Last Updated on Thursday, 2 March 2017, 13:05 by Denis Chabrol
by Gary Eleazar
The Guyana Government has decided it will not be removing the application of the 14 per cent Value Added Tax (VAT) on private school fees, saying the anticipated revenue is critical to meet the funding for the $38B shortfall it has for its 2017 expenditure programme (2017 $250B Budget).
This was disclosed by Finance Minister, Winston Jordan, who on Thursday (March 2, 2017) met with members of the local press corps and said Private Schools that lament the burden the tax will place on its poorer students should consider absorbing the costs which could later be represented as a deductable for the Guyana Revenue Authority (GRA).
A defiant Jordan—in face of the growing calls and protest action for the removal of VAT on private school fees—used the occasion to remind that the majority of Private Schools operating in Guyana are in fact tax delinquents and measures will be made by the GRA to remedy the state of affairs.
The Finance Minister was quick to point out that the administration was in no way applying VAT to the private school fees as a result of their delinquency on other tax fronts but rather as a result of the expanded tax base as part of the reform in reducing the tax charged, down from 16 per cent to 14 per cent.
Venued at the Ministry of Finance’s Boardroom, Minister Jordan told members of the local media corps only 54 institutions, representing 57 per cent of the private schools that operate in Guyana are in fact registered with GRA.
The total VAT collected from Private Schools in 2016 amounted to $150M, according to the Finance Minister—monies collected from the 26 per cent of private schools registered to apply VAT.
Minister Jordan disclosed that the total tuition fees charged by the top eight private schools alone in the country amounted to some $2B.
Many of the private schools, according to Minister Jordan, charge fees in excess of that charged by the University of Guyana (UG) and range between $144,000 and $300,000 per school term.
Responding to concerns expressed by some schools that the poorer students attending private schools will be adversely affected, the Minister suggested going the route of the Guyana Telephone and Telegraph Company and the Cheddi Jagan International Airport Company (CJIA) which has since signaled an intention to absorb the application of the 14 per cent tax and not pass it on to consumers.
According to Jordan, parents and the schools can work together to find a creative way around having the increase costs becoming a burden.
He suggested that based on information supplied to him, the majority of students in private schools come from parents that can afford the service.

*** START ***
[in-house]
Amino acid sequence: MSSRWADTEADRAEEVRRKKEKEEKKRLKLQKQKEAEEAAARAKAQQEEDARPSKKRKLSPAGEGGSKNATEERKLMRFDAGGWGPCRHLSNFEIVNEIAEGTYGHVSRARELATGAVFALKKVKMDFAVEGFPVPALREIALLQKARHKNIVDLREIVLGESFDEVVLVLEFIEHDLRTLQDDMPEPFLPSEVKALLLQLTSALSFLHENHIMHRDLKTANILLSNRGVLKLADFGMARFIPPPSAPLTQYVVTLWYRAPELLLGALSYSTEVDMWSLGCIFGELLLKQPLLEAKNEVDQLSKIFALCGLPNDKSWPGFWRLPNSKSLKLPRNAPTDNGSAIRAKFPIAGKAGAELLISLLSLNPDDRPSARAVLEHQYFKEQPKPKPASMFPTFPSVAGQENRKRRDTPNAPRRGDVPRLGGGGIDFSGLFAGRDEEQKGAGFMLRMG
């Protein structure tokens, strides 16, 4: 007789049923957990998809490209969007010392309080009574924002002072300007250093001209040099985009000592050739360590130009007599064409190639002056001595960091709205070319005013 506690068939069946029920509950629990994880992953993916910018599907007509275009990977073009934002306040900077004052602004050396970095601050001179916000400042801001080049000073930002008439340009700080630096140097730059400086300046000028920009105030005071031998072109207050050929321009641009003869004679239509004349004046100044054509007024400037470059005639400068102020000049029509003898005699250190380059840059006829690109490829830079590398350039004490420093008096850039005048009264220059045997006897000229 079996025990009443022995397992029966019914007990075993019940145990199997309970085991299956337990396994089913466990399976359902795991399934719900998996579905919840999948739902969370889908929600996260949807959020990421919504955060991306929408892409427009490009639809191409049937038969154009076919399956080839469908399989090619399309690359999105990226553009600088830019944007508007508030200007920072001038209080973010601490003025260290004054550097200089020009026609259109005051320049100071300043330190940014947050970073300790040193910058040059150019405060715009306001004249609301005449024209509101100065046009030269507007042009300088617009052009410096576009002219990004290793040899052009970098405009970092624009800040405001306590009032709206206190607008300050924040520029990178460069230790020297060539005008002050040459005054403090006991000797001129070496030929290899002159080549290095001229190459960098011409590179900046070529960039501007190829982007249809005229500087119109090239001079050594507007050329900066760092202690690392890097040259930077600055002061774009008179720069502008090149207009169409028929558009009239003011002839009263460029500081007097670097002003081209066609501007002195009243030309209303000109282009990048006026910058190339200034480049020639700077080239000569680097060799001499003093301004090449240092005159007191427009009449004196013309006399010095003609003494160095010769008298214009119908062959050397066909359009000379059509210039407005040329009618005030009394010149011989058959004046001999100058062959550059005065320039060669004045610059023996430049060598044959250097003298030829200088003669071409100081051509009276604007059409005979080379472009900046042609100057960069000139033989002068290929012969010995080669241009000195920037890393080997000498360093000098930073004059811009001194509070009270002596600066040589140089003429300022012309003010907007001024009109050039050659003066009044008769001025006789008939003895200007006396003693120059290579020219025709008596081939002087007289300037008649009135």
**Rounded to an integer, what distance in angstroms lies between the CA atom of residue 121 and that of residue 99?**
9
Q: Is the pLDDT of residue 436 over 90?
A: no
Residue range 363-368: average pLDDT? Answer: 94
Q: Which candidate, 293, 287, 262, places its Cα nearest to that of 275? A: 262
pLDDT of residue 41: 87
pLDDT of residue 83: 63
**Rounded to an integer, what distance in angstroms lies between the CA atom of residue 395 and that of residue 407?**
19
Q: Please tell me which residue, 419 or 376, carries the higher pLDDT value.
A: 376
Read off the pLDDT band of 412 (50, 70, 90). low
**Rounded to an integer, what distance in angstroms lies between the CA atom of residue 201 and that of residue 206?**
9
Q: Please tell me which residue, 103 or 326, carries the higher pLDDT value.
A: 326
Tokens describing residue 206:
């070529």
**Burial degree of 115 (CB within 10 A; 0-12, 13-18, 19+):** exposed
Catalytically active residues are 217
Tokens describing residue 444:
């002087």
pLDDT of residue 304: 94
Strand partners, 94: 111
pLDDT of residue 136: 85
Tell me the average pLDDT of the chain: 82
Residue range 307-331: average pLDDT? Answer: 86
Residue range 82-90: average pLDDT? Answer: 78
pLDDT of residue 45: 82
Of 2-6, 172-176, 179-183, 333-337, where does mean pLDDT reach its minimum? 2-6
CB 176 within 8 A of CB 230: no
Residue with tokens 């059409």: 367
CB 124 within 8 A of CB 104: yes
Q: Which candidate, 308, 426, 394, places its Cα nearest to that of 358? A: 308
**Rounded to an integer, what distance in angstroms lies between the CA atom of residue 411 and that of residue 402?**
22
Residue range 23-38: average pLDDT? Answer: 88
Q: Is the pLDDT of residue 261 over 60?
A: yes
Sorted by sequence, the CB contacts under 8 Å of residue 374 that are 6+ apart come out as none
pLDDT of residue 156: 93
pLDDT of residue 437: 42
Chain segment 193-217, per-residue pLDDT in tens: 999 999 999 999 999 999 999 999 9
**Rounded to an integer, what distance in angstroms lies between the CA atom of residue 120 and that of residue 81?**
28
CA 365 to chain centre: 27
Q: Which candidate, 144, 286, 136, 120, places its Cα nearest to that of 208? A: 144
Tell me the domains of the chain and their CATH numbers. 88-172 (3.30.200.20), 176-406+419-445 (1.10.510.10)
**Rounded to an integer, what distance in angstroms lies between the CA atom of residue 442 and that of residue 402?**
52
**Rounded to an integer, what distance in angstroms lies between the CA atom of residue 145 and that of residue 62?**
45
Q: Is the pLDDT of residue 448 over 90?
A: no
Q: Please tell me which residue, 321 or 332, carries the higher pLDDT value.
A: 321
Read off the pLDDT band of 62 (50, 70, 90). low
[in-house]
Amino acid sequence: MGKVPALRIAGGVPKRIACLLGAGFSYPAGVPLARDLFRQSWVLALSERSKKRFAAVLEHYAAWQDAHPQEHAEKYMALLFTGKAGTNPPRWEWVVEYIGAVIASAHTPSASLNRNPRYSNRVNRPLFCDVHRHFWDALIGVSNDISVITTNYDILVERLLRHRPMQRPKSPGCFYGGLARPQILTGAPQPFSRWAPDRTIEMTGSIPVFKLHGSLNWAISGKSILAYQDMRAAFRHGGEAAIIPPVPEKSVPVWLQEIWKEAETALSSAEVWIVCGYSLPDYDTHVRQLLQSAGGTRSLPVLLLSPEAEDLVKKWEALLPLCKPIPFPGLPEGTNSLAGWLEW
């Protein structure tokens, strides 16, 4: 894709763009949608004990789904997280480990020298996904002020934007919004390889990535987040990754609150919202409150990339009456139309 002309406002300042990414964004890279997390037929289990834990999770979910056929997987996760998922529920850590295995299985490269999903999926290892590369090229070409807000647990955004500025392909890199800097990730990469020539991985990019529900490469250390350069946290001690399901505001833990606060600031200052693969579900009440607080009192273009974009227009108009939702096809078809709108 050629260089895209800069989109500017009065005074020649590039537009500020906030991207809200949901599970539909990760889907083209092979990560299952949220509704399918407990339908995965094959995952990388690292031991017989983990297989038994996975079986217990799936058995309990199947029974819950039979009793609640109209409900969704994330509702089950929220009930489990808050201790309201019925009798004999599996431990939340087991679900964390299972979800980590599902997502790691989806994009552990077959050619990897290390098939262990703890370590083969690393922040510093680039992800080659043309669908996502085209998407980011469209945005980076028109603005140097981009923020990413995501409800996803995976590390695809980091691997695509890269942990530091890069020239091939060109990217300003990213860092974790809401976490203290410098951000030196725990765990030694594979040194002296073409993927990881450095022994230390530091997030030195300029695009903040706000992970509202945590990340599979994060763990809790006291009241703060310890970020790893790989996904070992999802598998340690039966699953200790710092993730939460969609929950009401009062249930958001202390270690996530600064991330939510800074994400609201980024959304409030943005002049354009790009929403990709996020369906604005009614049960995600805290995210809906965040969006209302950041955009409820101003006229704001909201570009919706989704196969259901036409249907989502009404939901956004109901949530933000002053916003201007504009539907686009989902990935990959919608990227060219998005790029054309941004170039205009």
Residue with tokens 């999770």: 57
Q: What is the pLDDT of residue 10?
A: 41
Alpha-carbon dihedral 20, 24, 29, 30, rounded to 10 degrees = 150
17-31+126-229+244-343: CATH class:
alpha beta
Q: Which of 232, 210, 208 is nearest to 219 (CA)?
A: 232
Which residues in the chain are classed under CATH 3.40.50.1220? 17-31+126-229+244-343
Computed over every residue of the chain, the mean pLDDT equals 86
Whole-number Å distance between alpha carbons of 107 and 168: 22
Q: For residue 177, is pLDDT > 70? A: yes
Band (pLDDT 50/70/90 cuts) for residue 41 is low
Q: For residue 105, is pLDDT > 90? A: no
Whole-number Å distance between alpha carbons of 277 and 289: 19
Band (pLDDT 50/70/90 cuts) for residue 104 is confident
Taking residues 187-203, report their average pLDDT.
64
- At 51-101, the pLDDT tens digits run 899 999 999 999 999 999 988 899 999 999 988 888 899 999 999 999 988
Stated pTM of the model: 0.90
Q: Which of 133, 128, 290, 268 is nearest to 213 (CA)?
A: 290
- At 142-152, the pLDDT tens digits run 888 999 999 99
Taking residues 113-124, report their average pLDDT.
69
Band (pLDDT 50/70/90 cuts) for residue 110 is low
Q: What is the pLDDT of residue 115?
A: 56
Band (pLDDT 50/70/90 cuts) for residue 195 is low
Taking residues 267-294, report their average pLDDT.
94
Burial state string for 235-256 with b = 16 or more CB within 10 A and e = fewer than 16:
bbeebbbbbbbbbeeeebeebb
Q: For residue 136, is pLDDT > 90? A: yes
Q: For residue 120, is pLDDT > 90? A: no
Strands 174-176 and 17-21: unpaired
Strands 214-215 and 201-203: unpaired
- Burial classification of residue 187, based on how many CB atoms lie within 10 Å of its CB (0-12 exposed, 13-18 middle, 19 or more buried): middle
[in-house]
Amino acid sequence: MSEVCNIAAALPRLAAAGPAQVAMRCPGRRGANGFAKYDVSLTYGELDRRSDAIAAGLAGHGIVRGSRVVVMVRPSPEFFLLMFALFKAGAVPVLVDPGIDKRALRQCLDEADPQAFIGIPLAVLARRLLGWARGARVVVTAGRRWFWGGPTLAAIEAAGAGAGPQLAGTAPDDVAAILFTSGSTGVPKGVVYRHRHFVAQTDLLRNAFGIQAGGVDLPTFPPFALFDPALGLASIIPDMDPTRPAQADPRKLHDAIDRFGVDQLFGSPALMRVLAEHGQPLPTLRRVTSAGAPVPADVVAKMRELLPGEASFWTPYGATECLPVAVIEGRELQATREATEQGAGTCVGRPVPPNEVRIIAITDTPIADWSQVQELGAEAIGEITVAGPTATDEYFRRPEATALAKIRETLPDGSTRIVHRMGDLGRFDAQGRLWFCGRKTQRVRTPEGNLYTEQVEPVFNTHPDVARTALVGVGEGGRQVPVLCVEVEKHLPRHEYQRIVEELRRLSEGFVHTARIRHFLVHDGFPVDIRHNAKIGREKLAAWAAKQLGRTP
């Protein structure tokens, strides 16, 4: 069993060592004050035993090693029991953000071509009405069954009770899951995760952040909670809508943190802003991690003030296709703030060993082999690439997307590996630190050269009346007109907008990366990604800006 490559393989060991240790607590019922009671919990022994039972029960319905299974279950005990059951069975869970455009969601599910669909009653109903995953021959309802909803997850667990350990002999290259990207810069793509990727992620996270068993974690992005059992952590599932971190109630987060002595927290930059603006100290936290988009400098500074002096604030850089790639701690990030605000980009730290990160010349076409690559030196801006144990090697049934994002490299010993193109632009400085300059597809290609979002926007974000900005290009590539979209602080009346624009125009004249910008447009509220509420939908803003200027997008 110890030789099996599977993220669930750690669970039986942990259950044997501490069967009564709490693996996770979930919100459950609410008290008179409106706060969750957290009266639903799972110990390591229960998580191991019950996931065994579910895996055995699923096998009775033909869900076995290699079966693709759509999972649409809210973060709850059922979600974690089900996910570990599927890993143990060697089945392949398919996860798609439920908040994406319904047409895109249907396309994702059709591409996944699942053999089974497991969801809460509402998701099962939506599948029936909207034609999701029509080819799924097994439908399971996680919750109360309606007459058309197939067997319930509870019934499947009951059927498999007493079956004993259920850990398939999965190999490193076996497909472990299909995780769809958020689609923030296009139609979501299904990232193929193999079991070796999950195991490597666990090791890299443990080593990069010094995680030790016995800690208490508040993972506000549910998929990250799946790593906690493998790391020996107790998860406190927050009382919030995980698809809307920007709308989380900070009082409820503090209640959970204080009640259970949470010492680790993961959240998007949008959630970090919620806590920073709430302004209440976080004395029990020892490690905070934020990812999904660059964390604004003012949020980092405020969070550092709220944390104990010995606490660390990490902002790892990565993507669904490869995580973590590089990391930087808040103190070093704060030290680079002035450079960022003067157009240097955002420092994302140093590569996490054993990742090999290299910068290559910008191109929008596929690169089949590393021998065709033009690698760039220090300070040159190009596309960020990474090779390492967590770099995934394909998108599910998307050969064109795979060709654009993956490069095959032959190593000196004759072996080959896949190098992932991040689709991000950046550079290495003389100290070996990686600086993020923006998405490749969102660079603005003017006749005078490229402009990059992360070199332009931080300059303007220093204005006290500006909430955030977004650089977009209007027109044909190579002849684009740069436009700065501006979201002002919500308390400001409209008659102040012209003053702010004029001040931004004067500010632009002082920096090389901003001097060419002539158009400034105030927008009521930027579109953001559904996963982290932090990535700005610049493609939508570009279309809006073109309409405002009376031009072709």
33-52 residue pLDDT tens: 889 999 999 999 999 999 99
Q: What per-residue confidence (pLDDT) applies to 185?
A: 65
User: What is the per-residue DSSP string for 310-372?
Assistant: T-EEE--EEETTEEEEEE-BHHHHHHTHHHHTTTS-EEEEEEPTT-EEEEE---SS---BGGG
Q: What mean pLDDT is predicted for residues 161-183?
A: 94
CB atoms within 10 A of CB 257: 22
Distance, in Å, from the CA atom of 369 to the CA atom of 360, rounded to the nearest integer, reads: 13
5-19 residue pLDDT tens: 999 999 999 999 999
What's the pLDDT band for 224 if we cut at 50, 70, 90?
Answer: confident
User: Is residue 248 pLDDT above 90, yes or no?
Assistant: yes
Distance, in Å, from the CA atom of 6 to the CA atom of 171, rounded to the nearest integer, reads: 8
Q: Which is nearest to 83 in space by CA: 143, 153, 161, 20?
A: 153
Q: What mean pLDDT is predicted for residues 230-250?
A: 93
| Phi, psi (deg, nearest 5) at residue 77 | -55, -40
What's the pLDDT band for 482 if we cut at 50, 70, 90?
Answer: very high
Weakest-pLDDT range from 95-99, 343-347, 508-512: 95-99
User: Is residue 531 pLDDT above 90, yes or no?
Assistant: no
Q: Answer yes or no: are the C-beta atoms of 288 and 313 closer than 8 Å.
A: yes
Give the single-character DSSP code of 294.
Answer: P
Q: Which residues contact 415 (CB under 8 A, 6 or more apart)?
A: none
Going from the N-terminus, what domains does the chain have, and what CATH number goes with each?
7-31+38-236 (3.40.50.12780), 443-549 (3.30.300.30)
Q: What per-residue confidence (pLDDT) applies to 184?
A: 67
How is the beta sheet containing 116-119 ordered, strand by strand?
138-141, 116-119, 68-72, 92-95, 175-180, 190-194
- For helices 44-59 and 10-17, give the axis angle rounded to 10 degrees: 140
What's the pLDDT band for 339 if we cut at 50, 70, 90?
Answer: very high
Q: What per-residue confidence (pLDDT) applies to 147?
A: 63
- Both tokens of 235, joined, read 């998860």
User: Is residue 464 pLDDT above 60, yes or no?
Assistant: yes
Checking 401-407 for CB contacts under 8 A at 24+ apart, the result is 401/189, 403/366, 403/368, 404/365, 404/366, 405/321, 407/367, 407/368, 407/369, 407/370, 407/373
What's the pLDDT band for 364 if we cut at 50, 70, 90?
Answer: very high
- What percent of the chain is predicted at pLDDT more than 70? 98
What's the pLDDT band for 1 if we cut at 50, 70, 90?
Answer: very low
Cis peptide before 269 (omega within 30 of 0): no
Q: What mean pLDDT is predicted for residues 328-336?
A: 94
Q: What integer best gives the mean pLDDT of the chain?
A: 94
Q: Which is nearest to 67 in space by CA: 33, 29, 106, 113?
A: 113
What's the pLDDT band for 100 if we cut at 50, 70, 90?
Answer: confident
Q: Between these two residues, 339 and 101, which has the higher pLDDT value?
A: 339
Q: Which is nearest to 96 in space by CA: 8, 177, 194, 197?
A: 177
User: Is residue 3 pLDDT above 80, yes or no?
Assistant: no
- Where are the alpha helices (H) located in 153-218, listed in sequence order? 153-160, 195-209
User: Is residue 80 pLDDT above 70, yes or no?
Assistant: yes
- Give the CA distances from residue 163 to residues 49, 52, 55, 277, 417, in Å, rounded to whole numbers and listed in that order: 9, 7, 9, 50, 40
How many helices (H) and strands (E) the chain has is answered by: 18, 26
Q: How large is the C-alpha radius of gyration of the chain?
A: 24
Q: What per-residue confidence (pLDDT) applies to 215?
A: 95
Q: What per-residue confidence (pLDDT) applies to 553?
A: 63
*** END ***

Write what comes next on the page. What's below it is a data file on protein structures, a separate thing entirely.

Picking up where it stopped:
With regard the poorer students, the Minister suggested that the school and parents could work out some cost sharing mechanism which the institution could later represent to the GRA as an expense that would be deducted as against Vatable income.
“Go the route of absorbing the VAT… they will just write it down as a tax deductable…it will become an expense so it just reduce income that GRA can tax, it is a win-win for everybody.”
According to Minister Jordan, “I really do think that one solution is to go the route of GTT and CJIA, isolate those who can’t afford it and call a meeting (with parents and school) and discuss what percentage the school can bear and what parent can bear.”
On the matter of the delinquent private schools, Commissioner General of GRA, Godfrey Statia—who was also on hand to lend support to the Finance Minister—indicated that the tax collection agency has already begun writing to the tax defaulters.
It was pointed out that the recalcitrant schools will be given some time to get their affairs in order but none will be given a free pass.
According to Jordan, to remove the well thought out tax from private tuition would cost the government some $350M this year and this has to be looked in the context of the fact that the 2017 Budget is still not fully financed and that Government still need to borrow some $38B locally and internationally to fund its programme for the year.
“Either we upturn our economic program which will have effects or do what is required so we can all co-exist,” according to Minister Jordan.
The Finance Minister used the occasion to plead with citizens saying “Give this and other taxes a chance to crystallize and let us see how it ends up.”
He said what citizens should in fact be doing is holding the government accountable on its spending and pointed to benefits already being illustrated in the formed of cleaned drains and upgraded roads.
The Finance Minister was adamant that VAT is not being applied to education or education supplies but rather it was just the fees paid for private tuition.